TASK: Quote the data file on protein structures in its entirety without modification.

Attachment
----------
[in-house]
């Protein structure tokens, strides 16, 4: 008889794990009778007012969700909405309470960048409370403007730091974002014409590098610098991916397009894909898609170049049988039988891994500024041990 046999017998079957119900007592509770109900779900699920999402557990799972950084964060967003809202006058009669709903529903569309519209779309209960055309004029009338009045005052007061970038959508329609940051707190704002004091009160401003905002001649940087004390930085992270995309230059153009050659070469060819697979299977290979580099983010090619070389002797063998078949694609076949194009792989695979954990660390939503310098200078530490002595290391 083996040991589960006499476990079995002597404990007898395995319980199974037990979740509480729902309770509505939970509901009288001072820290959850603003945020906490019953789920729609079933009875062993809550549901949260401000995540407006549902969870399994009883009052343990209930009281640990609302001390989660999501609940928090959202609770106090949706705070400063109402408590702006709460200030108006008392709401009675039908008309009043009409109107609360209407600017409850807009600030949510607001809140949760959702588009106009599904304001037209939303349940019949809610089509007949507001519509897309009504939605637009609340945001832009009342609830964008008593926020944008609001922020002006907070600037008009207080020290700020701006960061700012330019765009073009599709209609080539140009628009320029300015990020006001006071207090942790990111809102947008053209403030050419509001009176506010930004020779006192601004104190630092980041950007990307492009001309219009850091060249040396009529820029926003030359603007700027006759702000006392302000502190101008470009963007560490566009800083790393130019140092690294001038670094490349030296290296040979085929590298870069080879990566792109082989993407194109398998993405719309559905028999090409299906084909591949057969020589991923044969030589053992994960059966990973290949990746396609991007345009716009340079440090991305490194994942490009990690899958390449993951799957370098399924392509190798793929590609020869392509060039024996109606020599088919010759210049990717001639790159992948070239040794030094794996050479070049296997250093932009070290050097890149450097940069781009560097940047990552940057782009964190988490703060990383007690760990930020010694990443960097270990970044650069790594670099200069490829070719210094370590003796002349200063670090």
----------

[in-house]
């Protein structure tokens, strides 16, 4: 008889794990009778007012969700909405309470960048409370403007730091974002014409590098610098991916397009894909898609170049049988039988891994500024041990 046999017998079957119900007592509770109900779900699920999402557990799972950084964060967003809202006058009669709903529903569309519209779309209960055309004029009338009045005052007061970038959508329609940051707190704002004091009160401003905002001649940087004390930085992270995309230059153009050659070469060819697979299977290979580099983010090619070389002797063998078949694609076949194009792989695979954990660390939503310098200078530490002595290391 083996040991589960006499476990079995002597404990007898395995319980199974037990979740509480729902309770509505939970509901009288001072820290959850603003945020906490019953789920729609079933009875062993809550549901949260401000995540407006549902969870399994009883009052343990209930009281640990609302001390989660999501609940928090959202609770106090949706705070400063109402408590702006709460200030108006008392709401009675039908008309009043009409109107609360209407600017409850807009600030949510607001809140949760959702588009106009599904304001037209939303349940019949809610089509007949507001519509897309009504939605637009609340945001832009009342609830964008008593926020944008609001922020002006907070600037008009207080020290700020701006960061700012330019765009073009599709209609080539140009628009320029300015990020006001006071207090942790990111809102947008053209403030050419509001009176506010930004020779006192601004104190630092980041950007990307492009001309219009850091060249040396009529820029926003030359603007700027006759702000006392302000502190101008470009963007560490566009800083790393130019140092690294001038670094490349030296290296040979085929590298870069080879990566792109082989993407194109398998993405719309559905028999090409299906084909591949057969020589991923044969030589053992994960059966990973290949990746396609991007345009716009340079440090991305490194994942490009990690899958390449993951799957370098399924392509190798793929590609020869392509060039024996109606020599088919010759210049990717001639790159992948070239040794030094794996050479070049296997250093932009070290050097890149450097940069781009560097940047990552940057782009964190988490703060990383007690760990930020010694990443960097270990970044650069790594670099200069490829070719210094370590003796002349200063670090």